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More governments looking into alternative energy options: Expression of rising coherence in world consciousness
by Global Good News staff writer
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23 June 2011
Global Good News documents the positive trends of rising world consciousness resulting from the success of Maharishi Mahesh Yogi's programmes in every area to create coherence and positivity in individual life and for the whole society.
This report features positive trends in the environment from May 2011, drawn from daily news reports around the world.
In May, more governments started to rethink their energy policies. They took a deeper, more thoughtful look at the pros and cons of using nuclear energy versus cleaner, sustainable options, such as wind and solar.
German Chancellor Angela Merkel backed proposals to shut down all of the country's 17 nuclear power plants within a decade. Earlier in the month the Chancellor outlined a plan to up the number of all-electric cars on Germany's roads. German is prepared to pay a billion Euros over the next two years to develop electric cars.
Norway said it wants governments and private investors to join a plan it calls Energy to promote renewable energies, such as solar or wind, in developing nations. Norway also welcomed Indonesia's decision to suspend new permits for logging on 64 million hectares (158.1 million acres) of land to slow deforestation.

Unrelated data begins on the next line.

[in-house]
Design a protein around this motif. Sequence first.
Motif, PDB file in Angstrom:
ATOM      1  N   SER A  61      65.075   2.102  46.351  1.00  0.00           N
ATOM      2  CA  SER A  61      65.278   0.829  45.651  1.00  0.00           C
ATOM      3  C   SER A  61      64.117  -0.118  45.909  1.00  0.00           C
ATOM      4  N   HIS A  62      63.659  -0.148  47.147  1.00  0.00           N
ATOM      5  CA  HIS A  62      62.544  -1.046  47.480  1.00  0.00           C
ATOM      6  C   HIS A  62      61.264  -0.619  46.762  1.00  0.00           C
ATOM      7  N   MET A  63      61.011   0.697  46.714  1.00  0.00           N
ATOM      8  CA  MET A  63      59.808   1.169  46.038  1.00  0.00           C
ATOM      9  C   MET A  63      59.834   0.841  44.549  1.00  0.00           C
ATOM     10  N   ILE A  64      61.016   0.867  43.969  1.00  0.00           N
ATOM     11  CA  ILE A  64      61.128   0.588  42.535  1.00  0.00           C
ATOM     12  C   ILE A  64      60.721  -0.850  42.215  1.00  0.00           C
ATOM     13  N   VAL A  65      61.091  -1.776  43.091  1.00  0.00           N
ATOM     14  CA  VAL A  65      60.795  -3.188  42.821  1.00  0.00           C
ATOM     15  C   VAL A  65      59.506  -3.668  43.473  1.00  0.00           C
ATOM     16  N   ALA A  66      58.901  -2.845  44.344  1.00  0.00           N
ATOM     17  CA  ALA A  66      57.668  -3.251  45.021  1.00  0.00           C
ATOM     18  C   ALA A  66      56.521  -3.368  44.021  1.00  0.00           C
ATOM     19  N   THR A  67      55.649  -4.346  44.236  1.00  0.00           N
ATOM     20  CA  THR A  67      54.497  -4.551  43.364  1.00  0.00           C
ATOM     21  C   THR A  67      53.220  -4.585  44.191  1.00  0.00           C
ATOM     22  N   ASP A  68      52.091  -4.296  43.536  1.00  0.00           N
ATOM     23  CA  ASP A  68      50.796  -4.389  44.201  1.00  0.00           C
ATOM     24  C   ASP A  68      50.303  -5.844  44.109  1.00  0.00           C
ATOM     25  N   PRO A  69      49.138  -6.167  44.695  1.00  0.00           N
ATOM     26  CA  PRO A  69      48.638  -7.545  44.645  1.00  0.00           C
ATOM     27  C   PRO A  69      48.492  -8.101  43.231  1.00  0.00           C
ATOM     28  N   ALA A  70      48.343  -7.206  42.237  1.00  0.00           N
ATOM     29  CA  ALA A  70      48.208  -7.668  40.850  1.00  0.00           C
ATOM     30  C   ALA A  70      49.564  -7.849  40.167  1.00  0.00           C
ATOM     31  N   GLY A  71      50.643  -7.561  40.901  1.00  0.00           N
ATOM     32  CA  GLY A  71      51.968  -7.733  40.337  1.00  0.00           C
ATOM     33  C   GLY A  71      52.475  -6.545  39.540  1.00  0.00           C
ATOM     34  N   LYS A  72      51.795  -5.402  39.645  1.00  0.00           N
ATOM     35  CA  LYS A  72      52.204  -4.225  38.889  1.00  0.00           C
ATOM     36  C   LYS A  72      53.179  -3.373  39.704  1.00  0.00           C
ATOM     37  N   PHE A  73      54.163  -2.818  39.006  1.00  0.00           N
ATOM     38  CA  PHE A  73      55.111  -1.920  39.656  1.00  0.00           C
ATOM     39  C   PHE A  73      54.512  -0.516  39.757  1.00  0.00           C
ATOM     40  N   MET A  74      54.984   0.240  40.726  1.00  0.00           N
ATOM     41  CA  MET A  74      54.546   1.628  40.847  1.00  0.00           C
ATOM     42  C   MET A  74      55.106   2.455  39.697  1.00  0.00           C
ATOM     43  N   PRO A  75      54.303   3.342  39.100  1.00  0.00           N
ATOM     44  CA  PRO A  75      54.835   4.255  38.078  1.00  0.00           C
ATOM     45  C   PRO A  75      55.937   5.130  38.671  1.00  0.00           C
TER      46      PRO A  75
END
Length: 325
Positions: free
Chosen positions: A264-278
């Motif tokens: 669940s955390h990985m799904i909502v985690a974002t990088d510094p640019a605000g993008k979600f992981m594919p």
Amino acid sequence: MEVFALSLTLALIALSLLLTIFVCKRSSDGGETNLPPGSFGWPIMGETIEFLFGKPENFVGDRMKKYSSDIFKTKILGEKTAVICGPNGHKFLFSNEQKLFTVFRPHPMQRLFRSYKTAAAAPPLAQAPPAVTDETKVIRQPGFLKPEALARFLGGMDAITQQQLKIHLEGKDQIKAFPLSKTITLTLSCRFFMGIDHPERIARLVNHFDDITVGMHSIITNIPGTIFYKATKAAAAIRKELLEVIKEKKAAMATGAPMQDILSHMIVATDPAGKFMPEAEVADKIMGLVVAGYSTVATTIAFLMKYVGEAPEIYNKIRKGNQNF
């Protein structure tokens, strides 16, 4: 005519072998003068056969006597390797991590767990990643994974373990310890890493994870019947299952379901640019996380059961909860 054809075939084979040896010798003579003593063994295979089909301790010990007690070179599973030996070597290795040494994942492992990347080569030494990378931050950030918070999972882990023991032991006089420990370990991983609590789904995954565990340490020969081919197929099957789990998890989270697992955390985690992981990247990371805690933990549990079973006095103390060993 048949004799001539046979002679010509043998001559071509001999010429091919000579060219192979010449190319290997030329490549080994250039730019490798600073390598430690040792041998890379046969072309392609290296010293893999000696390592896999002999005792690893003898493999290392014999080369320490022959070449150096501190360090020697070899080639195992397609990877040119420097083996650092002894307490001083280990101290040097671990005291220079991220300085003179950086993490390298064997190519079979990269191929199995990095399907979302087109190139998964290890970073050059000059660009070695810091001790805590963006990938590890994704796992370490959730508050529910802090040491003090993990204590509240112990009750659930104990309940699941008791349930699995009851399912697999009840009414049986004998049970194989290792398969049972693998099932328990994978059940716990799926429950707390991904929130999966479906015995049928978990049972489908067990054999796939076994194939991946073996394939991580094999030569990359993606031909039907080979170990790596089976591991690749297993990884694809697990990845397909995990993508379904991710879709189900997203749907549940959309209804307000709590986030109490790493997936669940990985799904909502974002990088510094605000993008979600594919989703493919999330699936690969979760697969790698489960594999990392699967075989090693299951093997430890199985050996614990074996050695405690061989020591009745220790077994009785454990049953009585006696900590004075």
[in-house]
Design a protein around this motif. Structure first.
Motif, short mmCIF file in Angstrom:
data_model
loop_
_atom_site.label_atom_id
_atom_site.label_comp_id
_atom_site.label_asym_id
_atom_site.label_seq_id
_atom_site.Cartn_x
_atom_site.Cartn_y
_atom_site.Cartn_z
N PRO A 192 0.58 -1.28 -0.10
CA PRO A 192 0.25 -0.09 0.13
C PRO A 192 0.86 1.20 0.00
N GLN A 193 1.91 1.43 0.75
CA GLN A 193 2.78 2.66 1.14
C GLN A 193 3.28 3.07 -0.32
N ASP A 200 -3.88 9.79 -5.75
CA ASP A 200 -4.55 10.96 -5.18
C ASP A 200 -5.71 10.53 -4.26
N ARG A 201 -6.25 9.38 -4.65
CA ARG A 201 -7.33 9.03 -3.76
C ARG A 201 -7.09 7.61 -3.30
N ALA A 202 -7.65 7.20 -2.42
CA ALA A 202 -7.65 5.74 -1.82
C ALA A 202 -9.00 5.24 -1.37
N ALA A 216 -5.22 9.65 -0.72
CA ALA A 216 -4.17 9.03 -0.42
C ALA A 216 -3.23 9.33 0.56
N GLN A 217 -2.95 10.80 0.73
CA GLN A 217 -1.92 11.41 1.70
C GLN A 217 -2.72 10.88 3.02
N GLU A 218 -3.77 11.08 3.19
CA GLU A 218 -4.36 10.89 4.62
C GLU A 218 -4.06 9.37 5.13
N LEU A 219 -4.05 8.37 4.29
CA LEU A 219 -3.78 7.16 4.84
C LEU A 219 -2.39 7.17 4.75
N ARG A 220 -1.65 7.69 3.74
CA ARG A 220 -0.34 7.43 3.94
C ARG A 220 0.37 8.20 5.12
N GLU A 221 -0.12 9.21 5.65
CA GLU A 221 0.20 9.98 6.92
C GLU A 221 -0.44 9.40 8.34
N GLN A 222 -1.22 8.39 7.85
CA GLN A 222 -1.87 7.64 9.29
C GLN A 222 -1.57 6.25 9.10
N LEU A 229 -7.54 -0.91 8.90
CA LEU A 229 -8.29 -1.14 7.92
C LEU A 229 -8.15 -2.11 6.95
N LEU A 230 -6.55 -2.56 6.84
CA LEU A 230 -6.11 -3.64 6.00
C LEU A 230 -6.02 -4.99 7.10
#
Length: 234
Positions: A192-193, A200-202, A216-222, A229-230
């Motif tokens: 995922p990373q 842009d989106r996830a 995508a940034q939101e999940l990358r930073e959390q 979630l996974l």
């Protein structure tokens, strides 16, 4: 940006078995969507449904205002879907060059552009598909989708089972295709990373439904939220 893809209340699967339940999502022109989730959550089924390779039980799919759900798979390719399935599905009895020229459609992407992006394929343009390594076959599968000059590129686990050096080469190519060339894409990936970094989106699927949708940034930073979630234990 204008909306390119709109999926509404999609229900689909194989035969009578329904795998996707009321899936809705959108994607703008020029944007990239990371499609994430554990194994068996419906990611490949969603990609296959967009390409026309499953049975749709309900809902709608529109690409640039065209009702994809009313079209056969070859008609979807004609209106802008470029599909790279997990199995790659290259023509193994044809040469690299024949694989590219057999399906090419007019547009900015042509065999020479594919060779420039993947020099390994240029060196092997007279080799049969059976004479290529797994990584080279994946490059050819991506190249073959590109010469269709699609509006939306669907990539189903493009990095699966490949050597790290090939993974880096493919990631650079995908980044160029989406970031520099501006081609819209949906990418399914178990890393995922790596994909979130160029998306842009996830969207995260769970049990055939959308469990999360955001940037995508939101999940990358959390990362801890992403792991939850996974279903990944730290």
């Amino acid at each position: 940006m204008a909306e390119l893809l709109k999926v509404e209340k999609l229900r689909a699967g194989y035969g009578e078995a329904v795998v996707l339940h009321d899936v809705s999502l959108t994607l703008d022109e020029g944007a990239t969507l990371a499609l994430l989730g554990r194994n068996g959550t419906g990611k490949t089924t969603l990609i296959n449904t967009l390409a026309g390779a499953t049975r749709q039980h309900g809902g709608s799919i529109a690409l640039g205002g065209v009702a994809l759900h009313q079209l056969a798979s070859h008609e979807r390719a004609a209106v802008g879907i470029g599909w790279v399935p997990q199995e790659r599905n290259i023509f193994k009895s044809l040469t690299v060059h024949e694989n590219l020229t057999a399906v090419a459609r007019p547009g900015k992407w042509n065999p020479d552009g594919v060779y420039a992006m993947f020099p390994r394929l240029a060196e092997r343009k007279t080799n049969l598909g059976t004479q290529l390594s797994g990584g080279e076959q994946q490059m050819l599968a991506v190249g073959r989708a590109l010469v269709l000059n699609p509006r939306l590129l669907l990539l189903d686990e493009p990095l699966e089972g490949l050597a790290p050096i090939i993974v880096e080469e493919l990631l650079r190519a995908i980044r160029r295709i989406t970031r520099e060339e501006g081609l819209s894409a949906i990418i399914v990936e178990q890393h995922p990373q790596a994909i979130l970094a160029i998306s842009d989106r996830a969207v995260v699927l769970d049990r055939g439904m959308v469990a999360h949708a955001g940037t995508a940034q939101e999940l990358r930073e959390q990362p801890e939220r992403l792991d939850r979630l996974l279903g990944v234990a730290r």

The government of Switzerland decided against building more nuclear reactors.
Japanese Prime Minister Naoto Kan pledged to boost renewable energy to at least 20 per cent of Japan's electricity supply by the 2020s. He also called for a review of Japan's energy policy, which relies heavily on nuclear power. The government wants solar panels on approximately 10 million roofs by 2030.
The United Nations is also actively supporting the use of renewable energy to combat climate change. The UN-backed report endorsing renewable energy was endorsed by governments.
A government-owned Chinese power company and First Solar Inc, a US maker of solar power equipment, plan to collaborate on solar projects.
The government of Bangladesh plans to set up 500 megawatts solar panel-based power installations in schools, colleges, and state-owned industries. The agriculture ministry will set up solar-based irrigation pumps.
In a project to underline the government's commitment to reduce greenhouse gases, South Korea has opened what it deems is the ultimate eco-friendly business centre, a construction that emits zero carbon and uses only renewable energy.
The United States government said it is buying 116 plug-in electric cars to improve fuel efficiency, and is installing 100 car-charging stations in five cities for government use. President Obama wants to put 1 million electric vehicles into service by 2015. The US Department of Energy (DOE) is funding Innovalight, which sells advanced solar cell process technology, as part of the government's SunShot initiative to reduce solar electricity installation cost by 75.'
Currently in London there are around 400 electric car-charging points in the city, but the plan is to increase to 1,300 points by 2013. London wants to be the worlds' most electric car-friendly city. Berlin, Germany; San Francisco, California, USA; and Paris, France are all in the running.
Global Good News Successes will continue to feature summaries of rising positive trends in many fields of life around the world, starting from May 2011 and continuing in the coming months.
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